Queenstown has a bunch of hotels conveniently located downtown, right opposite the lake and a stone’s throw from all the main spots. But these would probably be too expensive to rent during the peak season. While Heritage Hotel, The Rydges and The Lofts Apartments are the tried and tested ones I could recommend, they might be a bit on the steeper side during the summer months. You can also AirBnb it- something I did, and absolutely loved. For those who are new to Airbnb- it’s totally safe and some apartments are just gorgeous! I like to have a bit of space to move around and the #LiveThere concept is a hit in my opinion. Queenstown has a bunch of beautiful properties listed on Airbnb and I chose mine from there. It came with a view, a parking space, three bedrooms and two bathrooms, a living space and.. a fireplace. I loved it! My host was an amazing and super cooperative lady, so the overall experience was quite positive.  In case you’re browsing, you can check the listing out here.

Getting around:

While buses run downtown, most houses are located on the cliff with no bus connectivity. Your best bet would be an Uber, but those are expensive in New Zealand. I would strongly recommend booking a car rental. Most car rentals have shuttle services from the airport, with dedicated pick up and drop off points, so you won’t have to spend a dime from the rental to the airport. Renting a car is the most cost-efficient and convenient way to travel in NZ. Most car rental companies allow you to pick cars in one city and drop them off in another, so go ahead and plan that road trip. It’s the best way to see this country. Be warned though, parking is expensive in NZ and specially in the Queenstown Downtown area.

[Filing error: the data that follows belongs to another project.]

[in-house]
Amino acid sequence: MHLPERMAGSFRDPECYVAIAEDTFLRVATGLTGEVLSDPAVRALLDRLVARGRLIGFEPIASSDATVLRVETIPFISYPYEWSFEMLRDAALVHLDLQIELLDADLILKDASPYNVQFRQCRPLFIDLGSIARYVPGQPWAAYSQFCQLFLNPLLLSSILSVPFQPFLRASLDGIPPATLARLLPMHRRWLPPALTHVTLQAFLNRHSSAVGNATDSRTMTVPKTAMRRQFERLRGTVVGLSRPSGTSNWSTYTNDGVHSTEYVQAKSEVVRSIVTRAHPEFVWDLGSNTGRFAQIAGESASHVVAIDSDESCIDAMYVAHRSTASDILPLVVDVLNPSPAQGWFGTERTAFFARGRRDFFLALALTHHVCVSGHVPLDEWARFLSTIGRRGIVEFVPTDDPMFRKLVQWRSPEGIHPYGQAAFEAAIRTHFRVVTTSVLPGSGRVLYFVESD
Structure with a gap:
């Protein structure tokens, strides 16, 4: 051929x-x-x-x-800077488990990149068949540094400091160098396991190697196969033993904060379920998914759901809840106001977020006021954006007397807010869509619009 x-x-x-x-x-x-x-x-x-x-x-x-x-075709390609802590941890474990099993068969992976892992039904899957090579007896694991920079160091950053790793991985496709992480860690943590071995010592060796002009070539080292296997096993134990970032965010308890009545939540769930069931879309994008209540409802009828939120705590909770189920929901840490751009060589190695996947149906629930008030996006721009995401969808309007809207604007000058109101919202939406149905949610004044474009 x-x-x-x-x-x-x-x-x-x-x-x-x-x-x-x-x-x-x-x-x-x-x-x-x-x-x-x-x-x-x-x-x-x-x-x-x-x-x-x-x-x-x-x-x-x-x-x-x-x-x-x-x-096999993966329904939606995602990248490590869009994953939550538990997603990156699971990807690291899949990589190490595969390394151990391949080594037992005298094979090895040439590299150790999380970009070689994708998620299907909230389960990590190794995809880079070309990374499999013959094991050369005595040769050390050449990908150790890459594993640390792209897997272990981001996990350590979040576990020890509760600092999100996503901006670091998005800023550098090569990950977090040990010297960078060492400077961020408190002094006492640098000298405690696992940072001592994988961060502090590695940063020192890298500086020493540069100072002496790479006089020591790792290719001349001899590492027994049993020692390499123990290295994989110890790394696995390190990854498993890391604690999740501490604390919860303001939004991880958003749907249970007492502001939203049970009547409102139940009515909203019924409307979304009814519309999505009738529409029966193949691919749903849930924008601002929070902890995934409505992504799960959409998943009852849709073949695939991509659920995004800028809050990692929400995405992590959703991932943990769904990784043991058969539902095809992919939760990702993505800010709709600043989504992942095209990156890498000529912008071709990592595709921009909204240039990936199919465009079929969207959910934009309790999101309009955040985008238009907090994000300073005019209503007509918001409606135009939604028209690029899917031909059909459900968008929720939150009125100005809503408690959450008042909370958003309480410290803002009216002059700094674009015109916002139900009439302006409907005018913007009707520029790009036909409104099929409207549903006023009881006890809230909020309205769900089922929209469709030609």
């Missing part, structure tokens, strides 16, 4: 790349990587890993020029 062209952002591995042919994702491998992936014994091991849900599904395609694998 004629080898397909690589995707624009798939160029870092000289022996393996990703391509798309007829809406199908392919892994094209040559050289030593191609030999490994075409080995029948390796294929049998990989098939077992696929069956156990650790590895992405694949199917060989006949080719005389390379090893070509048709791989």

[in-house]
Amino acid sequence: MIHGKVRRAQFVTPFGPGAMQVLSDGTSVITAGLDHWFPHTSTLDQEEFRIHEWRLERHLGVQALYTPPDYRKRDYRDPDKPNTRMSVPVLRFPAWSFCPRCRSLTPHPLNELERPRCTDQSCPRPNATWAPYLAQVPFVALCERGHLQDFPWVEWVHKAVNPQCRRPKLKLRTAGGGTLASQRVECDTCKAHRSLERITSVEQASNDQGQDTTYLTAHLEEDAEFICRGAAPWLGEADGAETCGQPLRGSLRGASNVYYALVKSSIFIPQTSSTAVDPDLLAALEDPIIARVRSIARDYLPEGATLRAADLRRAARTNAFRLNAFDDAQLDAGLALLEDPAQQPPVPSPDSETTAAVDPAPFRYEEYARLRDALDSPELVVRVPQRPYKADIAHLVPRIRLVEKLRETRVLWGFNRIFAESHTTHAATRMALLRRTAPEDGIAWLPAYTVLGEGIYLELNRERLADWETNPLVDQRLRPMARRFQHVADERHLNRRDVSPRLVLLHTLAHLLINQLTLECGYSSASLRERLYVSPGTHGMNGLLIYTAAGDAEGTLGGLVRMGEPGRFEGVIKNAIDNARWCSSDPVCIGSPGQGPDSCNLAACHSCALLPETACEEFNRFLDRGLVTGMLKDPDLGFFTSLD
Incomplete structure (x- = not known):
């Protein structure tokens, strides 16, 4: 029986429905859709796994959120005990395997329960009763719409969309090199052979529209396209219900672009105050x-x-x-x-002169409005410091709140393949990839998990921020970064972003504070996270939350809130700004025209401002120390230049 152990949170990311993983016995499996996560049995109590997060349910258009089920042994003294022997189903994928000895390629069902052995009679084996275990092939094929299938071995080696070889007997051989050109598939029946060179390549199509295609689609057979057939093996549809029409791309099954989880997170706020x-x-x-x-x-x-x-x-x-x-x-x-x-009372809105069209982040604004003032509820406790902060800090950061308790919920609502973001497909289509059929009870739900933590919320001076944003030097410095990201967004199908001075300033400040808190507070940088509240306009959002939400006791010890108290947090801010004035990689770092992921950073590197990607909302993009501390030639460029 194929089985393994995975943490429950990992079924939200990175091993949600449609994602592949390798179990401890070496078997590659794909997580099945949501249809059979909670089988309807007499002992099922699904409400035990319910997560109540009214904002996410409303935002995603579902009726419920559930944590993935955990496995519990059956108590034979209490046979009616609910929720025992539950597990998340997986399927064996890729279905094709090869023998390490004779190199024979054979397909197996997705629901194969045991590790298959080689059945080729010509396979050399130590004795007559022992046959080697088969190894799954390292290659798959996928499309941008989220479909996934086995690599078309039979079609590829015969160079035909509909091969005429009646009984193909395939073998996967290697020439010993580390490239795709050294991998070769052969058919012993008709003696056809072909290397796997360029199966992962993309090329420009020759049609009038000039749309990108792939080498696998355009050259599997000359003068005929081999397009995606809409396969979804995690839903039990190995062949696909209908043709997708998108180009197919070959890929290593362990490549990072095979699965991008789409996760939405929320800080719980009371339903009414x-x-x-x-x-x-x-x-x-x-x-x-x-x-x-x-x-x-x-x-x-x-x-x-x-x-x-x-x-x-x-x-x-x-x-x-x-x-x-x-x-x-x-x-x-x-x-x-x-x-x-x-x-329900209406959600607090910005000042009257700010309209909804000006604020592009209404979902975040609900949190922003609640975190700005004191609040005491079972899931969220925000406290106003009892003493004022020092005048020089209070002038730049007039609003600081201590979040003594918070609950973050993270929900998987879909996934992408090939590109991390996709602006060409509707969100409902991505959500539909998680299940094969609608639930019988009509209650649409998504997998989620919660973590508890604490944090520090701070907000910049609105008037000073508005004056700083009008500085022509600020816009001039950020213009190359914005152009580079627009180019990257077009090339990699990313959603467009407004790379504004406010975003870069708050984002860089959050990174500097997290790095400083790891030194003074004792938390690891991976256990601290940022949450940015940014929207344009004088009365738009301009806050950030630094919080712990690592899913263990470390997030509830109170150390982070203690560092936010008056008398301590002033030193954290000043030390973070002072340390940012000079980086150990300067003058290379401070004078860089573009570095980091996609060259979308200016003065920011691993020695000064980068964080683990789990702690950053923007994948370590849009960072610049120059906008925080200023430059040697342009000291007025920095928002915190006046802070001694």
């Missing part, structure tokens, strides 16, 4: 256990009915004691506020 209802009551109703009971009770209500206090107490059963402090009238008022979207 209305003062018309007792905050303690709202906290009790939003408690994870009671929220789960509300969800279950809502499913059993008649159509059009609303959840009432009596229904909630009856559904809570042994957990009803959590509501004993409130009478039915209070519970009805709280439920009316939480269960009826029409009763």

What to eat:

Girl’s gotta eat- and this one doth eat a lot. So here it comes- Fergberger, for overrated burgers (only a tad overrated tbh) and milkshakes- but this place is truly legendary and the lines are long. They have a bakery and a gelato store as well, and it’s all heavenly. Mandarin has delicious chinese food, Bollywood has great Indian and My Thai has delicious Thai. Drop by Patagonia for the best ice creams and churros. The Remarkables Sweet Shop has every form of chocolates and sweets known to man. Other recommended cafes are Halo, Bathhouse and Vudu. The Grille is a pub that serves huge servings of bar food. Pig and Whistle is one of the better pubs with outdoor seating, and Pog Mahones is an Irish pub that I love! It’s at the wharf so the view is a plus.

Where to shop:

Downtown- that’s your one-word answer. All the stores- local ones and branded, are located here, except two important (and my favourite) stores- The Warehouse (with a jingle that goes “The warehouse! The warehouse! Where everyone gets a bargain!” ..never mind) and Countdown (a one stop shop for EVERYTHING groceries!) located near the airport. There’s also Pack ‘n Save- which is cheaper than Countdown, but I prefer the latter for no reason whatsoever. Maybe because my mum loves it and I follow her around like a lost puppy fairly often.

Things to do:

Just read Things To Do in Queenstown.


Nikita Butalia is a solo 20-something traveler who documents her experiences around India and the rest of the world in witty narratives and travel tales that are best read curling up on the couch with a cup of hot chocolate on a winter evening.

post a comment